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TOKYO – Scientists have discovered the ultimate case of regeneration: some beheaded sea slugs can have hearts and completely new bodies Regrowth.
This « miracle of nature, » reported on Monday in a biology journal, could ultimately help scientists better understand and tackle the regeneration of human tissue.
Biology researcher Sayaka Mitoh said she love studying Japanese sea snails because they are small, cute and weird. They can even briefly photosynthesize like a plant that gets food from the sun.
One day in the laboratory she saw something strange: a sea snail had beheaded itself and the head kept moving and living on. Then a few more did the same, according to a study in Current Biology.
PhD student and professor of aquatic ecology at Nara Women’s University, Yoichi Yusa, tried it herself and cut off the heads of 16 sea slugs. Six of the creatures began to regenerate, three were successful and survived. One of the three even lost and dragged his body twice. Two different species of Japanese sea slugs have performed this regeneration trick.
Other creatures may shed body parts if necessary, such as when some lizards drop their tails to escape a predator. This is a biological phenomenon called an autotomy.
« We think this is the most extreme case of autotomy, » said Yusa. « Some animals can autotomize their legs, limbs, or tails, but no other animal sheds their entire body. » Scientists had thought that such a relatively large animal – one of the species of sea slug – can grow up to 6 inches long – without one Heart couldn’t survive to pump blood and nutrients to the brain, said Canadian marine biologist Susan Anthony, who wasn’t part of the study.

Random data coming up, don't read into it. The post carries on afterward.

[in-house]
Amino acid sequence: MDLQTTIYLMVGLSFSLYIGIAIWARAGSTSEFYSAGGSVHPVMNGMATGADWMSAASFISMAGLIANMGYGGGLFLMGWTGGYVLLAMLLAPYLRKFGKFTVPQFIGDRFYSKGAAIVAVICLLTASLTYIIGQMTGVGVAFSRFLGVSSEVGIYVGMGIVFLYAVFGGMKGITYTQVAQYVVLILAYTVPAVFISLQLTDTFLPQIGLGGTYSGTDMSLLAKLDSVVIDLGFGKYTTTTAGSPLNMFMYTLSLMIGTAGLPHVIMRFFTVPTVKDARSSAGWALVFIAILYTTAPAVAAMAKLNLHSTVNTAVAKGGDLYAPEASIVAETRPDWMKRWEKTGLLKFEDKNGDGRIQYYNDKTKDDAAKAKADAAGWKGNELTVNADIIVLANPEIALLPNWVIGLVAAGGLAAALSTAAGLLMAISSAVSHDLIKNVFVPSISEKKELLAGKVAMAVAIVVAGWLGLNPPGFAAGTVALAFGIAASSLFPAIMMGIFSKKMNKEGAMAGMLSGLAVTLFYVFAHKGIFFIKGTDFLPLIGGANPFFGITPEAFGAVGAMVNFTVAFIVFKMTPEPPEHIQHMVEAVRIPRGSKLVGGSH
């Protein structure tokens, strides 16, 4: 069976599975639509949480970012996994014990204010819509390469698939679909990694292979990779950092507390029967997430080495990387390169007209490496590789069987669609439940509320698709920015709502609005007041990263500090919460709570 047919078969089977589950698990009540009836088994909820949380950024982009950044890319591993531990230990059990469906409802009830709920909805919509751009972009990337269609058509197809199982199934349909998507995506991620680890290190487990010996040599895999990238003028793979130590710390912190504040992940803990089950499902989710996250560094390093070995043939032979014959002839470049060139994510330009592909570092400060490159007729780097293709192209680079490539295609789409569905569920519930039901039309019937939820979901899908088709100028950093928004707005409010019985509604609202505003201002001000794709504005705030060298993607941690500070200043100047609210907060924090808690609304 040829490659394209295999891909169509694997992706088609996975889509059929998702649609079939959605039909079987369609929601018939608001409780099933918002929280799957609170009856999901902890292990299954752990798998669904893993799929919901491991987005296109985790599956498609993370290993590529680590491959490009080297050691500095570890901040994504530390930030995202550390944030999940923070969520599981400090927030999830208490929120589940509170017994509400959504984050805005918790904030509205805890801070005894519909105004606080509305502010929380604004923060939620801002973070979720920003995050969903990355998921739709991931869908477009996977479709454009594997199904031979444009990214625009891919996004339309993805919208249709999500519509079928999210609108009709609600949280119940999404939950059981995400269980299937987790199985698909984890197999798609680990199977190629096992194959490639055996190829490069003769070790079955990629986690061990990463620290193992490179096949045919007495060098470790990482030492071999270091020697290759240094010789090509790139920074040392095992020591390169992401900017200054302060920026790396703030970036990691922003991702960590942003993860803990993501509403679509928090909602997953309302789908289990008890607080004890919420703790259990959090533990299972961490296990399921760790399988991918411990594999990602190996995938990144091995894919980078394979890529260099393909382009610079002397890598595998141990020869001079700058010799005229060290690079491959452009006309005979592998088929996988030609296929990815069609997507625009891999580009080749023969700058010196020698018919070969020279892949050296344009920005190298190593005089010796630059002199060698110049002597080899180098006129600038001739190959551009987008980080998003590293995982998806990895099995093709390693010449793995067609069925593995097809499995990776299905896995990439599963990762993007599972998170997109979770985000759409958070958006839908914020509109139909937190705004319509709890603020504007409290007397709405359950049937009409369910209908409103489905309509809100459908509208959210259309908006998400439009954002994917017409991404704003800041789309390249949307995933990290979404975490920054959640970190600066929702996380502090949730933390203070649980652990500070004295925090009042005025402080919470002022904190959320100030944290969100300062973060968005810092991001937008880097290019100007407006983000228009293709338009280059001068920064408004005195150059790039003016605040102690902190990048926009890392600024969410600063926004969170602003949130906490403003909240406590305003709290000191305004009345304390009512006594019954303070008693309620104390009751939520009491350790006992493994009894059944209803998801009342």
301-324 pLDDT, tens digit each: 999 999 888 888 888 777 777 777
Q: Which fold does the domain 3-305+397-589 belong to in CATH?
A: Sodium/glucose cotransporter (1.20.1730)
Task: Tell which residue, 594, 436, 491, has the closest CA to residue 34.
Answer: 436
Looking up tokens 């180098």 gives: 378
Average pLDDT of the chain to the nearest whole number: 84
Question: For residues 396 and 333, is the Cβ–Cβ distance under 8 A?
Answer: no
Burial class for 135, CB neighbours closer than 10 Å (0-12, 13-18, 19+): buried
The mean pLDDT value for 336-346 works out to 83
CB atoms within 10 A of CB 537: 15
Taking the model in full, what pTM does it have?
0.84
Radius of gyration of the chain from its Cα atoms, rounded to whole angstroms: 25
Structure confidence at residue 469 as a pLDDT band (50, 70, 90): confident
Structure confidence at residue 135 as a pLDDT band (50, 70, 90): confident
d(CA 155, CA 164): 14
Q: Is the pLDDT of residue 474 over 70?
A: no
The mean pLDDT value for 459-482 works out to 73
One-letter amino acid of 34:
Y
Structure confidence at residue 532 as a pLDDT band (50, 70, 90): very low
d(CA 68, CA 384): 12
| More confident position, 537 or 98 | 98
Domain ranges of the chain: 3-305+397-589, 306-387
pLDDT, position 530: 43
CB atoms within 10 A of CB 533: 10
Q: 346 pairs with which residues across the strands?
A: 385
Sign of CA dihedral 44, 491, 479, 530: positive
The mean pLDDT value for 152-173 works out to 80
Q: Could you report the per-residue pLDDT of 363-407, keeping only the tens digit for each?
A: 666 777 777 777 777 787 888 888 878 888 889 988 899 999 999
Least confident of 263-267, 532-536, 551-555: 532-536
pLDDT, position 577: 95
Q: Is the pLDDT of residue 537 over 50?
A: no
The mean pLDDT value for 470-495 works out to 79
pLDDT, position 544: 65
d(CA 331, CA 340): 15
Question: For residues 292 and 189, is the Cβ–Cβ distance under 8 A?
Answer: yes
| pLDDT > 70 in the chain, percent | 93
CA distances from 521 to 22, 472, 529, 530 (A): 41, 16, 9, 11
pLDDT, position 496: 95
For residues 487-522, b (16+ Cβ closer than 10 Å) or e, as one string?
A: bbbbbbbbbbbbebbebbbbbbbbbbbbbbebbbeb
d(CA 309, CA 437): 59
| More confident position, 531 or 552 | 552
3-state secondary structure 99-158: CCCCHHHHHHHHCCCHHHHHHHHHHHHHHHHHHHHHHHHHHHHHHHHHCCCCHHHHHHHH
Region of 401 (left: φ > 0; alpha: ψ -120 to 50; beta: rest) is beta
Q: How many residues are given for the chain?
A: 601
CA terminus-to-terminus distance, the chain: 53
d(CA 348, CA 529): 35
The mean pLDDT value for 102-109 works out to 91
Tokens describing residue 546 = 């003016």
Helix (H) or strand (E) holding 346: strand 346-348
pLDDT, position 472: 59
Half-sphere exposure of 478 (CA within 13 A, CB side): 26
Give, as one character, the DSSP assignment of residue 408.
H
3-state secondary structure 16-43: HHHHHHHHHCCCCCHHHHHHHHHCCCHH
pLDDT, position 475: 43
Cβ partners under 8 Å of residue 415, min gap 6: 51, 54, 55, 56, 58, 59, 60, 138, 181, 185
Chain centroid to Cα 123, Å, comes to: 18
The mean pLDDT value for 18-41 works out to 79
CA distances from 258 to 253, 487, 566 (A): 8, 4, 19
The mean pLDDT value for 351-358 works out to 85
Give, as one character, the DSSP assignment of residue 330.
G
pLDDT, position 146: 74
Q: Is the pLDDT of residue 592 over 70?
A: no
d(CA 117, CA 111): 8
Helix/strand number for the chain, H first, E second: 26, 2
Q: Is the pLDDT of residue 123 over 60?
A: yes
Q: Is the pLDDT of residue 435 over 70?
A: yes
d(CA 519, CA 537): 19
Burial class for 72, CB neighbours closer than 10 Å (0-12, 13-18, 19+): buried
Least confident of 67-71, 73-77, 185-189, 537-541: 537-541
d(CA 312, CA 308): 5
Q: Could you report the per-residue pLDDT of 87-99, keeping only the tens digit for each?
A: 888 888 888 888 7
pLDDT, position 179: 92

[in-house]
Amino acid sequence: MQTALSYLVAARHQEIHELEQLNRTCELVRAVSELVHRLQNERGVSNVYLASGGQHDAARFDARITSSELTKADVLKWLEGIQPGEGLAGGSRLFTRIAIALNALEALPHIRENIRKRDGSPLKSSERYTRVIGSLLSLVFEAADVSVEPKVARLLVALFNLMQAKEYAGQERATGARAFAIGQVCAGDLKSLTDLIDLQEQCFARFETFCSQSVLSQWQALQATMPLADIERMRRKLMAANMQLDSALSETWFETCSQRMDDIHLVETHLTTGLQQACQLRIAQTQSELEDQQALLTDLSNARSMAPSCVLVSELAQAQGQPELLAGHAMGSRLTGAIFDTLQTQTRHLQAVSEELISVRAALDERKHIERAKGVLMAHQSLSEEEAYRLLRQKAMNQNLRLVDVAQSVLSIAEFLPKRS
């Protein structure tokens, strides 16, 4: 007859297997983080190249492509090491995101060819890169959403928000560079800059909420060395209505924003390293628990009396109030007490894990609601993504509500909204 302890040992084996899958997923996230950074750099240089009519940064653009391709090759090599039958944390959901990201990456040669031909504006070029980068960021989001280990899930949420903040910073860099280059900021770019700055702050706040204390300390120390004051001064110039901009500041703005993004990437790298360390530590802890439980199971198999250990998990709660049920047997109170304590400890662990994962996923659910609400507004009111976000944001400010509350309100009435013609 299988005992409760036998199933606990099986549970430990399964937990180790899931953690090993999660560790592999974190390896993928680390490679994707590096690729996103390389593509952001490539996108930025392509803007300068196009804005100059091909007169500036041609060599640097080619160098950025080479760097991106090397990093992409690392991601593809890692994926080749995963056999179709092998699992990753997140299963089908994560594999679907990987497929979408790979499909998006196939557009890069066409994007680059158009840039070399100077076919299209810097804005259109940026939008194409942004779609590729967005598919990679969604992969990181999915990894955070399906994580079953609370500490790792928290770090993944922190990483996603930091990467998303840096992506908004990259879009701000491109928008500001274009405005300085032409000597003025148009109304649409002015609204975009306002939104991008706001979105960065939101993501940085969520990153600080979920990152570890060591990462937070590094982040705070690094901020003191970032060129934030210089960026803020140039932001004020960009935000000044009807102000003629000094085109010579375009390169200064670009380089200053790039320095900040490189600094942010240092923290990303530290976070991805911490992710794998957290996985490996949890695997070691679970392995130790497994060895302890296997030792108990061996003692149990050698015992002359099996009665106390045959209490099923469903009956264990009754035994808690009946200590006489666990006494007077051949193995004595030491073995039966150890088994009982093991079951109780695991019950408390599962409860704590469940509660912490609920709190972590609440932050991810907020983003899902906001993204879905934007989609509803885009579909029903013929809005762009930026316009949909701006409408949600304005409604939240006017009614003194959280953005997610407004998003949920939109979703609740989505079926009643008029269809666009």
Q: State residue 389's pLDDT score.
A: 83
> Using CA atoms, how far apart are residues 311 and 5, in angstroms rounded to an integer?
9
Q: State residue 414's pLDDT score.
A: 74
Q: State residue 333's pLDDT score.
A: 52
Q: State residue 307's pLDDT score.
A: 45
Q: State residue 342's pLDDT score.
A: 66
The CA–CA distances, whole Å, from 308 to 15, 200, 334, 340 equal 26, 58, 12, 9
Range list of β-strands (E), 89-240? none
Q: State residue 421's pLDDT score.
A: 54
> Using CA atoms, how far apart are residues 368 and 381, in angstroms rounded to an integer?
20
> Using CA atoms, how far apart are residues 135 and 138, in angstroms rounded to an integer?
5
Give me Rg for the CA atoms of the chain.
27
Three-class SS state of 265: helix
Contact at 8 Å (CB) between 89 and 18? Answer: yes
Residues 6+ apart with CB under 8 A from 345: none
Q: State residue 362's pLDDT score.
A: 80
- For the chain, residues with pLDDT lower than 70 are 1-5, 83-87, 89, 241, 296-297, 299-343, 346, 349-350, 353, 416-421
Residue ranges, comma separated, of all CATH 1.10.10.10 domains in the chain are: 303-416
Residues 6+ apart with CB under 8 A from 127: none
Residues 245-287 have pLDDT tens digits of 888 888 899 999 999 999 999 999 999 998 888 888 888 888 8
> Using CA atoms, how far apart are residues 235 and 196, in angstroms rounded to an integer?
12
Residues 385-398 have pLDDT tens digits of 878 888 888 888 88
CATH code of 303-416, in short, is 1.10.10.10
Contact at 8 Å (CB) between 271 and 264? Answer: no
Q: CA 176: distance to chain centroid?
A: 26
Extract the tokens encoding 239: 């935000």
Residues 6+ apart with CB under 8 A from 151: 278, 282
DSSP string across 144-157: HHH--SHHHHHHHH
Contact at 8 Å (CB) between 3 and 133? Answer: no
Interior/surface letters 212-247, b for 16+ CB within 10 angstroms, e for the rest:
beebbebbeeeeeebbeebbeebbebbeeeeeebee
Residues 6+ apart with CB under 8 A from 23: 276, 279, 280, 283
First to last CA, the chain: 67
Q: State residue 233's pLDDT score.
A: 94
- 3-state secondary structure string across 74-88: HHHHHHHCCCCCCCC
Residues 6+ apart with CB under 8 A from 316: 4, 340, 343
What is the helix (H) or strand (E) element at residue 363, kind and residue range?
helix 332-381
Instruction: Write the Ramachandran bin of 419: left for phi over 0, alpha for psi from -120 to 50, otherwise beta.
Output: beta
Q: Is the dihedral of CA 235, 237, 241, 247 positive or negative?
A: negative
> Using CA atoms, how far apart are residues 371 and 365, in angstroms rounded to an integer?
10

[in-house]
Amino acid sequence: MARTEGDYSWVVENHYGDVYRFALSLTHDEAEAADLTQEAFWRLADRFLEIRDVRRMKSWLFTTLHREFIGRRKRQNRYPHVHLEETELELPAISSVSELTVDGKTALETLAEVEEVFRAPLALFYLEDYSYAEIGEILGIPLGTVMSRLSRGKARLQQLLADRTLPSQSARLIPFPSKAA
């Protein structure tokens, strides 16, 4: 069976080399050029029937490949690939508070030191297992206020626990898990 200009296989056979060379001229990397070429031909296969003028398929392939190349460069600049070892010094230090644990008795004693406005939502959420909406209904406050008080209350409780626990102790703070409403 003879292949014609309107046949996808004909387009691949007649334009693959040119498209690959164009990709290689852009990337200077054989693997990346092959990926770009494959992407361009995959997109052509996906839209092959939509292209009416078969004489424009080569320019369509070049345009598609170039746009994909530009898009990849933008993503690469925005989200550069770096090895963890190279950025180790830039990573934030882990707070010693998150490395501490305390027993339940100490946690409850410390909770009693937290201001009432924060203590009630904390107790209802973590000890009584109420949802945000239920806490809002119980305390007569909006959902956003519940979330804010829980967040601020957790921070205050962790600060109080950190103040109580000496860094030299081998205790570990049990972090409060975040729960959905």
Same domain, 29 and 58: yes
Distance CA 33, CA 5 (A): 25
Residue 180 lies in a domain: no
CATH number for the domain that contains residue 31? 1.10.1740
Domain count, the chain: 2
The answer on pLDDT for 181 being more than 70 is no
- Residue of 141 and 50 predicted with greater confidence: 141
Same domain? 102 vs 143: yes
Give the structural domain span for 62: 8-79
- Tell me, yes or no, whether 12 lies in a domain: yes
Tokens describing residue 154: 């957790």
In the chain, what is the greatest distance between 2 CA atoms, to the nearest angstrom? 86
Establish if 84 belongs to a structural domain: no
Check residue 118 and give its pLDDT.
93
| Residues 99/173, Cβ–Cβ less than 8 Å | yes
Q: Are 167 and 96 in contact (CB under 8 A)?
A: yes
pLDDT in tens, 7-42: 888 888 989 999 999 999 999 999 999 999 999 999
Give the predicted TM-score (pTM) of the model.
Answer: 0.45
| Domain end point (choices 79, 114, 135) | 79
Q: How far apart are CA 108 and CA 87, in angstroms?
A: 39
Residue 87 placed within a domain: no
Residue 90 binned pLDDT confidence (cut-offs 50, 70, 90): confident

But the same thing that makes this species spectacular is probably what you do helps pull the trick, said Anthony and Yusa.
When these sea slugs eat a certain type of algae, they can photosynthesize their food from sunlight and oxygen like a plant for about 10 days, Yusa said. What likely happens after the beheading is the head acting like a plant, he said. It turns green and gets its energy from oxygen and sunlight. The fact that it gets tiny helps, he said.
These species probably developed the feat to fight off parasites, said Mitoh and Yusa.
Humans might be able to do something useful from the marine animals to learn, said several scientists. What’s particularly intriguing is that these marine slugs are more complex than flatworms or other species known to regenerate, said Nicholas Curtis, a biology professor at Ave Maria University who wasn’t part of the study.
« It is of course a miracle of nature, but understanding the underlying molecular mechanisms could help us understand how our cells and tissues can be used to repair damage, « Curtis said in an email.
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